OKLAHOMA CITY, April 18 (UPI) -- Even with action taken to control human-induced seismic events tied to oil and gas, the USGS reported more than a dozen minor quakes in Oklahoma in a week.
The U.S. Geological Survey reported there were 13 quakes in Oklahoma and one just over the northern state border in Kansas since last week. The largest were two magnitude-3.5 quakes recorded Tuesday in the north-central part of the state. Magnitude-3.0 and magnitude-2.5 quakes were recorded by the USGS on Sunday.
A March report from the USGS found central U.S. states have experienced a dramatic increase in seismic activity over the past six years. Between 2009 and 2015, there have been an average 318 quakes in the region, against an average of 24 in the 35 years ending in 2008. The average rate last year was 1,010.
Regionally, the report said the disposal of oil and gas-related wastewater is the "primary reason" for the increase in seismic activity in the central United States. Many states, including Oklahoma, have active management plans for wastewater injection as a way to curb tremors.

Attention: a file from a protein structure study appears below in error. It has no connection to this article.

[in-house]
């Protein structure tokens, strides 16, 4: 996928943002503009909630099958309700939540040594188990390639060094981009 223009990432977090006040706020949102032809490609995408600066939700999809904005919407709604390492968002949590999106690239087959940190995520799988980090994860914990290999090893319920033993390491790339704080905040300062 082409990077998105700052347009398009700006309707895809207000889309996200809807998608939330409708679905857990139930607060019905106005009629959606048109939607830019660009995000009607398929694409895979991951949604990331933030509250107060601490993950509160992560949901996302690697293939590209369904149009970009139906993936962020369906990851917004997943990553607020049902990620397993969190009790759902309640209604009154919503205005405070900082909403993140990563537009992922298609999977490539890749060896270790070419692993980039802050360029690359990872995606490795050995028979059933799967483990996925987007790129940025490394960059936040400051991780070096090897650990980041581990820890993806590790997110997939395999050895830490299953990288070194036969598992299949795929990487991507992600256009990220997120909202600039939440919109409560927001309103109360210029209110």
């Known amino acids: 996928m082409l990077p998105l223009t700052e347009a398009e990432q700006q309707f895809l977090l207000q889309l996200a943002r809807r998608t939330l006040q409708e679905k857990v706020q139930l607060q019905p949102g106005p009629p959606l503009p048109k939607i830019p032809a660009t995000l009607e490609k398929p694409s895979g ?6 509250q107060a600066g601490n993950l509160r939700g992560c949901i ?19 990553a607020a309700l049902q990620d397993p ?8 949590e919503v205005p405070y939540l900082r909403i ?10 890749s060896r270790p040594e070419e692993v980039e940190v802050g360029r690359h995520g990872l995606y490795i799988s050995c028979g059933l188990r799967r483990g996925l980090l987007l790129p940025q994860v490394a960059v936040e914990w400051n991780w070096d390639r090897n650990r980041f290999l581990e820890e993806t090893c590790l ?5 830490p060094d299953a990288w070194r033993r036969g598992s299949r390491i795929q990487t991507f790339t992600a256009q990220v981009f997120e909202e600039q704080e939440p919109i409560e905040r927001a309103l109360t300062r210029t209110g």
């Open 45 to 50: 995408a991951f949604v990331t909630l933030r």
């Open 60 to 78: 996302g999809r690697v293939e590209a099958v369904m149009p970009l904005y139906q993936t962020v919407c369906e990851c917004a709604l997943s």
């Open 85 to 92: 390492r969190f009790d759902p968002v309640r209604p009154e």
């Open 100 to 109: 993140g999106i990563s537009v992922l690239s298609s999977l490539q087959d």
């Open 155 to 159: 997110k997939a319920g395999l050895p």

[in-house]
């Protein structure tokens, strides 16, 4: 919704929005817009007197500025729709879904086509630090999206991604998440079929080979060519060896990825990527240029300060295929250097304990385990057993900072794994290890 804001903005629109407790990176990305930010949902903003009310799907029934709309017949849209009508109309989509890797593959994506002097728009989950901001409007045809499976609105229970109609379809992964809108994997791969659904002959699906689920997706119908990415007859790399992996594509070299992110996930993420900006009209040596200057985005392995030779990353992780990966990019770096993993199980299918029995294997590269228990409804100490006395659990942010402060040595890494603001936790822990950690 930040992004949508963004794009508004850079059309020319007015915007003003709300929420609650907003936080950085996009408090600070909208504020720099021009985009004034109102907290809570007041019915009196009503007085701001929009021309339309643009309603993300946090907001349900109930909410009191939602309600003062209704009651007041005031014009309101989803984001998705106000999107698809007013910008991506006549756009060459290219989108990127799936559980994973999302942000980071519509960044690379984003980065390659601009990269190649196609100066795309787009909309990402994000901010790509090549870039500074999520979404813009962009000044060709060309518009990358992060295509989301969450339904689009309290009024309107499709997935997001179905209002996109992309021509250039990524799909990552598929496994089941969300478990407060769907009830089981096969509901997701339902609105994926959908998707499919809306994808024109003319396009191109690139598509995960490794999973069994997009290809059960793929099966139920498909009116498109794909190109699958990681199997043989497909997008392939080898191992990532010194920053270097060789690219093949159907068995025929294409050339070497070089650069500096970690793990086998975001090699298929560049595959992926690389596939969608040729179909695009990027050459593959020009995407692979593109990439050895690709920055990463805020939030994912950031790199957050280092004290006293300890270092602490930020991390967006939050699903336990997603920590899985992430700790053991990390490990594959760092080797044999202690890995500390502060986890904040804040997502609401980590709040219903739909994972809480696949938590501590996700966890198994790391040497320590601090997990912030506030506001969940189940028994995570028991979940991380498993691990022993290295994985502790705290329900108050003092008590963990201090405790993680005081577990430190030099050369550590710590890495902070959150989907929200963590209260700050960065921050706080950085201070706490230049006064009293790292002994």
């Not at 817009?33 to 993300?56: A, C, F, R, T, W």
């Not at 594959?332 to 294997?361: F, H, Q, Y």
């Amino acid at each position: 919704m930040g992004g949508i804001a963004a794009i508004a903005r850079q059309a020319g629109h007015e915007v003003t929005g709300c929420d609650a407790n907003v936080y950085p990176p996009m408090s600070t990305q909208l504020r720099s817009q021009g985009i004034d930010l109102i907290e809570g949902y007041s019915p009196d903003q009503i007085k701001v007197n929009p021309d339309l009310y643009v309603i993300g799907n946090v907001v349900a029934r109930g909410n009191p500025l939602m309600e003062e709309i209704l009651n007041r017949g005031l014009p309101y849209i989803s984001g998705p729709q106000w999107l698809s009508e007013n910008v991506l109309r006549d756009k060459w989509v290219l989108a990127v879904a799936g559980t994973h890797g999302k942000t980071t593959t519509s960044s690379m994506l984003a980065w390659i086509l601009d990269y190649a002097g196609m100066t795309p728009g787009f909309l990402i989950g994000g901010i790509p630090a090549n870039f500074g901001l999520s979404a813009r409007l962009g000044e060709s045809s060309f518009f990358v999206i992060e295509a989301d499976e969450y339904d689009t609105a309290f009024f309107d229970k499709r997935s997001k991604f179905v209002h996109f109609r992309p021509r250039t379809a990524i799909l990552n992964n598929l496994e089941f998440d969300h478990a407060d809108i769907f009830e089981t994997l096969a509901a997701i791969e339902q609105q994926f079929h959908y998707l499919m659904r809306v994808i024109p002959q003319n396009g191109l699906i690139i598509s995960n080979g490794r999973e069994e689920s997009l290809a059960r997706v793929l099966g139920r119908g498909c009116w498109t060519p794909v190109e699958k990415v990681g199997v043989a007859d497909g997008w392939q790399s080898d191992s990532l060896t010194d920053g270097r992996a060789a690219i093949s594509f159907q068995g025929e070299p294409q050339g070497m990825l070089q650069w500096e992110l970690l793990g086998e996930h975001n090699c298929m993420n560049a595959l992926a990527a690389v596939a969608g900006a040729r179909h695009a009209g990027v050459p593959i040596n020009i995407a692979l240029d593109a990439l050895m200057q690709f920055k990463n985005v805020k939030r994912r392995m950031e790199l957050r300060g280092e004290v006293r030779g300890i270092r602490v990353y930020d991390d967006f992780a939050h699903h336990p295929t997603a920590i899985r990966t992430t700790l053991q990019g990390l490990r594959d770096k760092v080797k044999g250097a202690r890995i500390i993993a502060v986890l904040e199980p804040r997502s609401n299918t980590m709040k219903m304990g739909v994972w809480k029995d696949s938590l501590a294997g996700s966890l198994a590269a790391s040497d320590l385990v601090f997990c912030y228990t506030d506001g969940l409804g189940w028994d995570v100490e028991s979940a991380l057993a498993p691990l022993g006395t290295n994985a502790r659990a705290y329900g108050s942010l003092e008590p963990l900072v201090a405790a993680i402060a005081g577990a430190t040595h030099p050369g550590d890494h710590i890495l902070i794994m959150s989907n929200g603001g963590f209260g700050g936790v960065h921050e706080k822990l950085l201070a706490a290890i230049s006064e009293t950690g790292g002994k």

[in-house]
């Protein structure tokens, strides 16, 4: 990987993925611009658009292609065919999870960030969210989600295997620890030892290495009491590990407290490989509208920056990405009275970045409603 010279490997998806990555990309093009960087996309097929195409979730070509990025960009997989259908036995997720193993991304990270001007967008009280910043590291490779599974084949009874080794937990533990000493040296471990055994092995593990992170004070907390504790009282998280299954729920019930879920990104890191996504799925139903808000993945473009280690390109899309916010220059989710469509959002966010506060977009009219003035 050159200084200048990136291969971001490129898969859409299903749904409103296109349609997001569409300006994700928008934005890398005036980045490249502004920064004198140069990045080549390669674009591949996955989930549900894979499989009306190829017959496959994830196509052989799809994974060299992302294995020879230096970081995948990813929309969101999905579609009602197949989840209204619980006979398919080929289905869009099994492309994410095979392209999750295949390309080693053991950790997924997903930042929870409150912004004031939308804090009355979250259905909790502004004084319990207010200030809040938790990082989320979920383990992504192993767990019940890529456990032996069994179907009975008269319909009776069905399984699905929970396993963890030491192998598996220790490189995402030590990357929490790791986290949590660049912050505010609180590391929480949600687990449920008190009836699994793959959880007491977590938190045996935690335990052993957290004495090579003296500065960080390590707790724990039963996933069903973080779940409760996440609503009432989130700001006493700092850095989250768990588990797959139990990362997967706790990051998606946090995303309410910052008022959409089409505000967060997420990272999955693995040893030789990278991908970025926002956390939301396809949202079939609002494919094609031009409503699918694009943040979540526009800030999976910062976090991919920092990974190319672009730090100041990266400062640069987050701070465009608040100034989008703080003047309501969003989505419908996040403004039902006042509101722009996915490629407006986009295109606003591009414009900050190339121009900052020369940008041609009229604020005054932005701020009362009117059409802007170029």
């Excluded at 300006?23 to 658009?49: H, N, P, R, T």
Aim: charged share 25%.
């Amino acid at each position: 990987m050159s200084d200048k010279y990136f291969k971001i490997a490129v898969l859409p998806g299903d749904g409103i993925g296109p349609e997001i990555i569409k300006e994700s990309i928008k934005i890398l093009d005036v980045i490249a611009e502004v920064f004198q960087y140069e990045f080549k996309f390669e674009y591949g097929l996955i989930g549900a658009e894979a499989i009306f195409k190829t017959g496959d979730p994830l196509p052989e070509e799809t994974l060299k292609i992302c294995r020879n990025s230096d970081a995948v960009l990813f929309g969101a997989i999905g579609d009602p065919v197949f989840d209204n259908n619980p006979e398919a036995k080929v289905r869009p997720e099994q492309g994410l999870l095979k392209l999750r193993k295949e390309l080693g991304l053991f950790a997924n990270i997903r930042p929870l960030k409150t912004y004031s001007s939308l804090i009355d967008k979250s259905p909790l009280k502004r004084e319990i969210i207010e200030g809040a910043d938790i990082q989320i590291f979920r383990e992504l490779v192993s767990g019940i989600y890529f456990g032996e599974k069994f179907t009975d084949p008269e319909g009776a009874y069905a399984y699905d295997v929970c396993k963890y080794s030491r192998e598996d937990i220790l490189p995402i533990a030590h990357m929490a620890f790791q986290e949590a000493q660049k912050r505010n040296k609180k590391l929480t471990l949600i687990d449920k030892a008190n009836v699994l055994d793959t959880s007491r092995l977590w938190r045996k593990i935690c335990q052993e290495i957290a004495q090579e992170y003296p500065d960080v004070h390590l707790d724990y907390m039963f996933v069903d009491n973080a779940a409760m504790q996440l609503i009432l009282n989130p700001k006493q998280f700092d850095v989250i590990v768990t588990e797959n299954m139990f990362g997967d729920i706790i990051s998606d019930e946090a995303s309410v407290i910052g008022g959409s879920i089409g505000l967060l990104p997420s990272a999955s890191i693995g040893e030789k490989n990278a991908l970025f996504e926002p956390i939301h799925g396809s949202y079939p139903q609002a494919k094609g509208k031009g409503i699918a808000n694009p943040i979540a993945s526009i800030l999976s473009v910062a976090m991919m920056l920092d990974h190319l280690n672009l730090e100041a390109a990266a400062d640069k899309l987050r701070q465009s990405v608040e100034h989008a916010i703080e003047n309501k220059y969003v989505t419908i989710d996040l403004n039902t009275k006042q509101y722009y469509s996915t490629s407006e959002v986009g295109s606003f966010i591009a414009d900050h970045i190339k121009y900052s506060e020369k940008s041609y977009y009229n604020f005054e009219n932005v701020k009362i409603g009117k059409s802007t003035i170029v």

Oklahoma Gov. Mary Fallin in January approved $1.38 million in one-time costs to support earthquake research in the state. State energy regulators, meanwhile, have called on energy companies to reduce the amount of wastewater disposed in underground wells in an effort to curb seismic activity. A plan for western Oklahoma went into force in February and expansions to a risk area in the central part of the state have been made.
Oklahoma is among the top oil- and gas-producing states in the nation, with its oil accounting for about 4 percent of the national total. One of the largest oil fields in the country is in central Oklahoma.